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Thursday, January 10, 2019

Primary Endovascular Elective Repair and Repair of Ruptured Isolated Iliac Artery Aneurysms Is Durable—Results of 72 Consecutive Patients


Research from the University Hospital of Zurich (Switzerland) recently evaluated the outcome of elective/emergent endovascular repair of isolated iliac artery aneurysms (IIAAs) as the first treatment option. A retrospective study was conducted including 72 patients with 85 IIAAs. Treatment strategy included coiling of the internal iliac artery, stent graft placement in the common to external iliac artery, or placement of a bifurcated aortoiliac stent graft. The following arterial segments were involved: common iliac (63 patients; 74.1%), internal iliac (21 patients; 24.7%), and external iliac (1 patient; 1.2%). Mean diameter was 5 cm (range, 2.5–11 cm). Emergent repair was performed in 19 patients due to rupture (26.4%). Mean follow-up of 4.3 years ± 3.3 (median 3.8 y; range, 0–14.2 y). Primary technical success rate was 95.8% with conversion rate to open surgery of 4.2% (all in the emergency group). In-hospital mortality rate was 1.4%. Total of 17 endoleaks were observed (6 type I, 10 type II, 1 type IIIa). Overall re-intervention rate was 16.7%. Primary patency rate was 98.6%. 22 deaths occurred (30.6%), but only 2 aneurysm-related deaths (2.8%). The authors concluded that primary endovascular repair of IIAAs shows excellent results and should be considered the first-line therapy for IIAAs. Surgical backup should be available in emergent cases.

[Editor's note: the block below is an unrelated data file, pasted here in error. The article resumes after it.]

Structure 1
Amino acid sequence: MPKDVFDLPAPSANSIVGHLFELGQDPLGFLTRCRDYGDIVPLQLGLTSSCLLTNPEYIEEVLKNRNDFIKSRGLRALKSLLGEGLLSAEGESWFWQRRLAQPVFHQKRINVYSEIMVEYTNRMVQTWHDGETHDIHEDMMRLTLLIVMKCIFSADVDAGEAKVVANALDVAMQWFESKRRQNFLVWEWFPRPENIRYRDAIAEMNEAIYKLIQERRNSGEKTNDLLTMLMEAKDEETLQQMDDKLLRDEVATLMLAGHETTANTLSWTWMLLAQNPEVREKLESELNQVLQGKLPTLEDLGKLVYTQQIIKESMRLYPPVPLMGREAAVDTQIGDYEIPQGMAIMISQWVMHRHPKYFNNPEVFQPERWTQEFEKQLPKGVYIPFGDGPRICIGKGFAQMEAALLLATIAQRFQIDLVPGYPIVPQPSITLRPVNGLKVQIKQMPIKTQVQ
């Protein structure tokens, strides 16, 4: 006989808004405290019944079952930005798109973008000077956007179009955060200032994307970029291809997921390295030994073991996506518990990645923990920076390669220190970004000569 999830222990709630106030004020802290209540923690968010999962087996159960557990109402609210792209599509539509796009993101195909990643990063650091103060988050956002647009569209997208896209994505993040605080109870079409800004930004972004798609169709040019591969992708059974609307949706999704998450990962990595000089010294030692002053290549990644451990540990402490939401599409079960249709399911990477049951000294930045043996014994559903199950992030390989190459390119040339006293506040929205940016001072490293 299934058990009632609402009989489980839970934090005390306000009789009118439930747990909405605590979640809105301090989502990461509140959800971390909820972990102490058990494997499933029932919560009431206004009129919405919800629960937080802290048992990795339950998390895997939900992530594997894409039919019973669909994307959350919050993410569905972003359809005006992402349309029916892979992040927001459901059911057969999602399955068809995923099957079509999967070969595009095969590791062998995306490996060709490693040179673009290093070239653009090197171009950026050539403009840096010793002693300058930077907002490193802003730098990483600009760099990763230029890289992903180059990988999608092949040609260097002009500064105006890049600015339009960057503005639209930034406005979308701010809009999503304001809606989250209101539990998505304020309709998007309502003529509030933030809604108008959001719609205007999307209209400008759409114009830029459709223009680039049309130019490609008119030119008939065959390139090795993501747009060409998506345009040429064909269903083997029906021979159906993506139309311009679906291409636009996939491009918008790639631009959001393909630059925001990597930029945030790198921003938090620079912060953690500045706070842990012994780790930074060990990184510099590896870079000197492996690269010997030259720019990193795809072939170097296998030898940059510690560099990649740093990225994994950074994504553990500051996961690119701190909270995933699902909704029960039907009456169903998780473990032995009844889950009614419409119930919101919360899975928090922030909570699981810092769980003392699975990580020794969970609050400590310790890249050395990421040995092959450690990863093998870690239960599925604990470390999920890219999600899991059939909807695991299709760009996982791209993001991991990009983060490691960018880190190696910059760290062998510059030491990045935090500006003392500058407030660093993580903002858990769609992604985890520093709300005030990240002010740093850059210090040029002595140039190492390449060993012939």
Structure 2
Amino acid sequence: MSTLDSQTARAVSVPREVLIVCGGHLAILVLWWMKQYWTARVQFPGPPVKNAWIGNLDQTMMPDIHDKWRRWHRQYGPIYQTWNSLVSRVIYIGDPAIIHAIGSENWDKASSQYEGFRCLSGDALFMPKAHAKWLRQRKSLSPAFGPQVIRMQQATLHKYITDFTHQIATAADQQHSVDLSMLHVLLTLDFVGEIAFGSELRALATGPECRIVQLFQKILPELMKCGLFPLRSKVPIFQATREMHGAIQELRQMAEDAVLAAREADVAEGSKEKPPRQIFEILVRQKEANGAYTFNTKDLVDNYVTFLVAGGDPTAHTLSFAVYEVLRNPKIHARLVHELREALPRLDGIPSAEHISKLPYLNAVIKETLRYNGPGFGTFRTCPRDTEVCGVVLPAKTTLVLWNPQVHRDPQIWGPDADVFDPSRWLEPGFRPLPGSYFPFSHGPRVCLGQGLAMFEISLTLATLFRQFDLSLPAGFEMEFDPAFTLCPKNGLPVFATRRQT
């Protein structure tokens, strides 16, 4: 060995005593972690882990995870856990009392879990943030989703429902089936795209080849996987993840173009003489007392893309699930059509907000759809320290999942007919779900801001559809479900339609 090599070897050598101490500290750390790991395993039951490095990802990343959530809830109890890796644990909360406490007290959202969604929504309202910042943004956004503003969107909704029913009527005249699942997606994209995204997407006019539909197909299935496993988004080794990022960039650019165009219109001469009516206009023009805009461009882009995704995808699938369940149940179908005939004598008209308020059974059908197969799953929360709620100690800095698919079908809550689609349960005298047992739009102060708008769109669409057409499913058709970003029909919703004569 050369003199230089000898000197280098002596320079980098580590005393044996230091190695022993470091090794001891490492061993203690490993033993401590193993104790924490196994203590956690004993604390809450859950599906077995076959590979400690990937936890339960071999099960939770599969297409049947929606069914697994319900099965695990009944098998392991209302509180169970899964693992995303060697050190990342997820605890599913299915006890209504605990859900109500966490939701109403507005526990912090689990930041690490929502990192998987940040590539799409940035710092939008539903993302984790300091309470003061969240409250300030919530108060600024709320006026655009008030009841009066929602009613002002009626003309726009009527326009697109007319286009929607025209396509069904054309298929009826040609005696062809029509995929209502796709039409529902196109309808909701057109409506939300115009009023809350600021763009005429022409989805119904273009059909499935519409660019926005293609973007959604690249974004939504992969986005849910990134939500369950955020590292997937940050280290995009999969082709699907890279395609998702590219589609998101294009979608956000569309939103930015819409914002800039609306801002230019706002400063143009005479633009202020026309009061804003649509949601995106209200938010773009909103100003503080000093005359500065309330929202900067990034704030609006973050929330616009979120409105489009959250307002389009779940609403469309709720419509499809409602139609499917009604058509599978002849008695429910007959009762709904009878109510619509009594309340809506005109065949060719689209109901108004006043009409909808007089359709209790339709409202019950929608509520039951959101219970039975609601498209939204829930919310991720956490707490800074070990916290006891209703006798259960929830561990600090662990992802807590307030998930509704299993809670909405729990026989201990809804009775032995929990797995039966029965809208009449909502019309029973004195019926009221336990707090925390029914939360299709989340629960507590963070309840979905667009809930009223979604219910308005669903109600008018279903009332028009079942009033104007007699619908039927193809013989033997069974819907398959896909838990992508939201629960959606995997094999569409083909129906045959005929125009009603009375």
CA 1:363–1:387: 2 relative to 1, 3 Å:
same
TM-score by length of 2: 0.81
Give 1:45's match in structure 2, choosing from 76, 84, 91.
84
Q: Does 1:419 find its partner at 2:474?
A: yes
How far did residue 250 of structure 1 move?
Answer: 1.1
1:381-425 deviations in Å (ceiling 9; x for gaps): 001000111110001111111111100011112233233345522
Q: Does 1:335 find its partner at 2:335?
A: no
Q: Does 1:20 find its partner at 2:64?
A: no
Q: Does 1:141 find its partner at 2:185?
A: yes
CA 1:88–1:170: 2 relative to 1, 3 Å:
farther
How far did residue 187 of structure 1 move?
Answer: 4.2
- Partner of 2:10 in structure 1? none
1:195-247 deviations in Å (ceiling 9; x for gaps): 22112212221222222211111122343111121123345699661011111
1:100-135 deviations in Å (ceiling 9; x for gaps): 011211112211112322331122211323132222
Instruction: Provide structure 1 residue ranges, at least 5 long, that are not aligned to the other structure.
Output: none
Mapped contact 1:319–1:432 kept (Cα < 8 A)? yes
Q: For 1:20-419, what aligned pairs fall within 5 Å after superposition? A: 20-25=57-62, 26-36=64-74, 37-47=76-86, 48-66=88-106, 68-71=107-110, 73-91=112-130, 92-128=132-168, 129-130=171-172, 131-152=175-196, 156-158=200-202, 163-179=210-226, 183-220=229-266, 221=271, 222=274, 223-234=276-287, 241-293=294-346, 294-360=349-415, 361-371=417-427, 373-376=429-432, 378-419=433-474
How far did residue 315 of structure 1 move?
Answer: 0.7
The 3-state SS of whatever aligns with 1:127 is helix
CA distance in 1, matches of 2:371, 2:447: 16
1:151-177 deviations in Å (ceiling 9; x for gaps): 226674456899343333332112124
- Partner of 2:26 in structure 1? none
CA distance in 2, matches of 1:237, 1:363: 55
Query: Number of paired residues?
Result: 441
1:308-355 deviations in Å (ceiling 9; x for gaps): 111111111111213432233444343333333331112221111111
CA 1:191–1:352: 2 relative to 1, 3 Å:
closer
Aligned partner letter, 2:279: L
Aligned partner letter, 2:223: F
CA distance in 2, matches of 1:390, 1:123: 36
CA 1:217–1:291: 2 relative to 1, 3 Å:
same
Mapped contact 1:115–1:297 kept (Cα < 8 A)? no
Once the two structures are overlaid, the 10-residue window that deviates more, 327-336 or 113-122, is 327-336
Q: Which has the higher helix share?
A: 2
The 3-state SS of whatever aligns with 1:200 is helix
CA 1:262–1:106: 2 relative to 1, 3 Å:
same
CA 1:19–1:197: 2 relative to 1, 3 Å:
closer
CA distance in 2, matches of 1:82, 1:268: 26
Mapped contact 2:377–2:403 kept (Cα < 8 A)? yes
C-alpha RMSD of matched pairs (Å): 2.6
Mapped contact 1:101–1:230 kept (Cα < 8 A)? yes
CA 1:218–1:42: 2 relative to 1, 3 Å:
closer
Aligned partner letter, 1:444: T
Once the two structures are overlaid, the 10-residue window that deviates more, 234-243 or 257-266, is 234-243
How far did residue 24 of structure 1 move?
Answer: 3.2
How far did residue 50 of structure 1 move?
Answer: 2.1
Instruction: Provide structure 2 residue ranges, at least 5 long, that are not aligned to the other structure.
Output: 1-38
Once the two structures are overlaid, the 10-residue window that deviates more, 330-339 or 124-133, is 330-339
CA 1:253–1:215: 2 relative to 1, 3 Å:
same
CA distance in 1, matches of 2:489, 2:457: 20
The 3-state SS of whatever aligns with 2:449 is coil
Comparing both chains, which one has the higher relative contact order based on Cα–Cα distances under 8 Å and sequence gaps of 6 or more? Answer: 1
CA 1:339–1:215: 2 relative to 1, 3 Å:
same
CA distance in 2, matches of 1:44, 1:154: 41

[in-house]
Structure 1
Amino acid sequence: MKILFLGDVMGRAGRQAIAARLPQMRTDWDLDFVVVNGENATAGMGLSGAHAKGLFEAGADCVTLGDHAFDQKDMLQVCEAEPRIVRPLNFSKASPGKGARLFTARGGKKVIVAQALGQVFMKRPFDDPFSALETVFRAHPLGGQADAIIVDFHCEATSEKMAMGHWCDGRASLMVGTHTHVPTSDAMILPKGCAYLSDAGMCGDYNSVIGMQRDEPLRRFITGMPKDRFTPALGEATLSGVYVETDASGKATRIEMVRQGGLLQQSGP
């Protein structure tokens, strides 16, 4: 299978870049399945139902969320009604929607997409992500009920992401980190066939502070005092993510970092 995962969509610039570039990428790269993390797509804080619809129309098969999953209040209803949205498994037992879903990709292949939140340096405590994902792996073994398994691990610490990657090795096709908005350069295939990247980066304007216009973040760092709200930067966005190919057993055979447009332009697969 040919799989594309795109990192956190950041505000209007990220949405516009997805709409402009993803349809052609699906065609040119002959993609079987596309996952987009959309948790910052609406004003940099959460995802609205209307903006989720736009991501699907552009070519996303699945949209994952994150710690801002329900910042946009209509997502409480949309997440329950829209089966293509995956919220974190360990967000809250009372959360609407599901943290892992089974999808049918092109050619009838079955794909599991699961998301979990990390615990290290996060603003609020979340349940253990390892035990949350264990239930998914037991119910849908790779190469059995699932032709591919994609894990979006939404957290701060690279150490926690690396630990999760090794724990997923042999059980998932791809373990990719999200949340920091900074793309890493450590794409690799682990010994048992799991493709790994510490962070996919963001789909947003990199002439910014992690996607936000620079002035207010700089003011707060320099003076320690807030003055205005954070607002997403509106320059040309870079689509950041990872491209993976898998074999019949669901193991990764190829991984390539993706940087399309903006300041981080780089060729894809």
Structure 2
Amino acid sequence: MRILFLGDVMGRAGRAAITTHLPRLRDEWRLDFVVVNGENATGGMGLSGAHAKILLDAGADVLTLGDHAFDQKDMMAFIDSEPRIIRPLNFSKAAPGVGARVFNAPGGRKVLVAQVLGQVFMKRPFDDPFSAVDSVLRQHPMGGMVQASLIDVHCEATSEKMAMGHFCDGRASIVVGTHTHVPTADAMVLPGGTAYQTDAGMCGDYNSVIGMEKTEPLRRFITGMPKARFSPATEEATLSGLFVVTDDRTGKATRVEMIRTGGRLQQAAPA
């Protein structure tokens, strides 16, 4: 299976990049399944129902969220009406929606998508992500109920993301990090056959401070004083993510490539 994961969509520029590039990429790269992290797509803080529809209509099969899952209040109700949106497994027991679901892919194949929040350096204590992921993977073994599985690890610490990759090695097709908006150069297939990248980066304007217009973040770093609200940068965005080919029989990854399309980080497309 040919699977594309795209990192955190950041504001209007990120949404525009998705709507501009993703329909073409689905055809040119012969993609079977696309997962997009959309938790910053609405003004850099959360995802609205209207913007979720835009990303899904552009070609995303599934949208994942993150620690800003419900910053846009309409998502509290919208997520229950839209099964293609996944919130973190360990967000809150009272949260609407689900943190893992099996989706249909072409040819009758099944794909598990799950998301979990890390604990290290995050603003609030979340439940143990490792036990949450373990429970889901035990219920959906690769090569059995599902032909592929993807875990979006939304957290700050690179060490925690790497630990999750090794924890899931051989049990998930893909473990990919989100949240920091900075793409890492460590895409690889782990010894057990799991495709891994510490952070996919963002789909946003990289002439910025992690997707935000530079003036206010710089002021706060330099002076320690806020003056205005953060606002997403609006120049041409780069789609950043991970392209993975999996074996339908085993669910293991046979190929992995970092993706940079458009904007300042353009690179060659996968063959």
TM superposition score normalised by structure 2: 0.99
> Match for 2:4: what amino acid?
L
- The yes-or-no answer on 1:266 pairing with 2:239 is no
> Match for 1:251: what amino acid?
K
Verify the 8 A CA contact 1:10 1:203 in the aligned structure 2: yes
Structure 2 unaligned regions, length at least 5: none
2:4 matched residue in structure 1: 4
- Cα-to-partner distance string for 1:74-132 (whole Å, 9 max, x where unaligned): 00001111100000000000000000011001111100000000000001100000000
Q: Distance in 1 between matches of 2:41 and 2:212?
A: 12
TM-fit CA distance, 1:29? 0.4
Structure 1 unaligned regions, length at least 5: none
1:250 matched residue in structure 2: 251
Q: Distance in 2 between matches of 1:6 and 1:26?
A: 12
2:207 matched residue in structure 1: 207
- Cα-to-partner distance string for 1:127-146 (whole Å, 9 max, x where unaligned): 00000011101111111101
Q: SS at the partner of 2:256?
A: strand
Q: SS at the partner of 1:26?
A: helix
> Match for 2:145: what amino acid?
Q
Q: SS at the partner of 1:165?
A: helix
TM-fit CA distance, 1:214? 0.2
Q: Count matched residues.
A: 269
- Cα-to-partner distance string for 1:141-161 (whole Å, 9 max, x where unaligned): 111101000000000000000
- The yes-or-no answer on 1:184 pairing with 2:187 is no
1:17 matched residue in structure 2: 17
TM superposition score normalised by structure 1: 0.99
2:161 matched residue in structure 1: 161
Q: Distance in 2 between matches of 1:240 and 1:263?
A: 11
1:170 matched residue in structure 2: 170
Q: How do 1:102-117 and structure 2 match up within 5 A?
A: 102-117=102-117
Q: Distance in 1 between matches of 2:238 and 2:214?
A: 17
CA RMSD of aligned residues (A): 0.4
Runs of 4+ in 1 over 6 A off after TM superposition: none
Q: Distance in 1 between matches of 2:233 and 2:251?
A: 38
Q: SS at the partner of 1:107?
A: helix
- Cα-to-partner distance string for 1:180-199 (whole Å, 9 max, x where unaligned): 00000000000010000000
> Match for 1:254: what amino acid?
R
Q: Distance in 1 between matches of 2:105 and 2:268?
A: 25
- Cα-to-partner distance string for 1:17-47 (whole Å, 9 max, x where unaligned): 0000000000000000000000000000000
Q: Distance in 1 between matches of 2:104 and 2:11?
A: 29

Fig: Anatomic classification of IIAA.


This paper reinforces the important role of endovascular approach for arterial aneurysms, specifically for rare cases of isolated iliac artery aneurysms. The low incidence of this entity should not undermine its significance since it can lead to major complications such as rupture, which is associated with high morbidity and mortality. Therefore, it is recommended to treat aneurysms > 3cm. However, even for elective cases, surgical repair can have up to a 10% mortality rate, given the deep location of the iliac arteries within the pelvis. The present retrospective study demonstrated that endovascular repair was safe and effective for both elective and emergent cases even after long term follow-up (median of 4.3 years). There was a low conversion rate (4.6%) to open repair and they all occurred in emergent cases. This is not surprising given the severe clinical presentation of this patient population. Therefore, surgical back up is definitely recommended in these cases as mentioned by the authors. The initial critical presentation also explains the higher incidence of in-hospital major complications and increased length of admission for those emergent cases presenting with rupture. The standardized endovascular way to treat those aneurysms according to the location as performed by the research definitely helps replication of the results and solidification of the endovascular approach as the first line treatment for this condition.

Click here for abstract

Post Author:
Ricardo Yamada, MD
Assistant Professor
Department of Radiology
Division of Vascular and Interventional Radiology
Medical University of South Carolina

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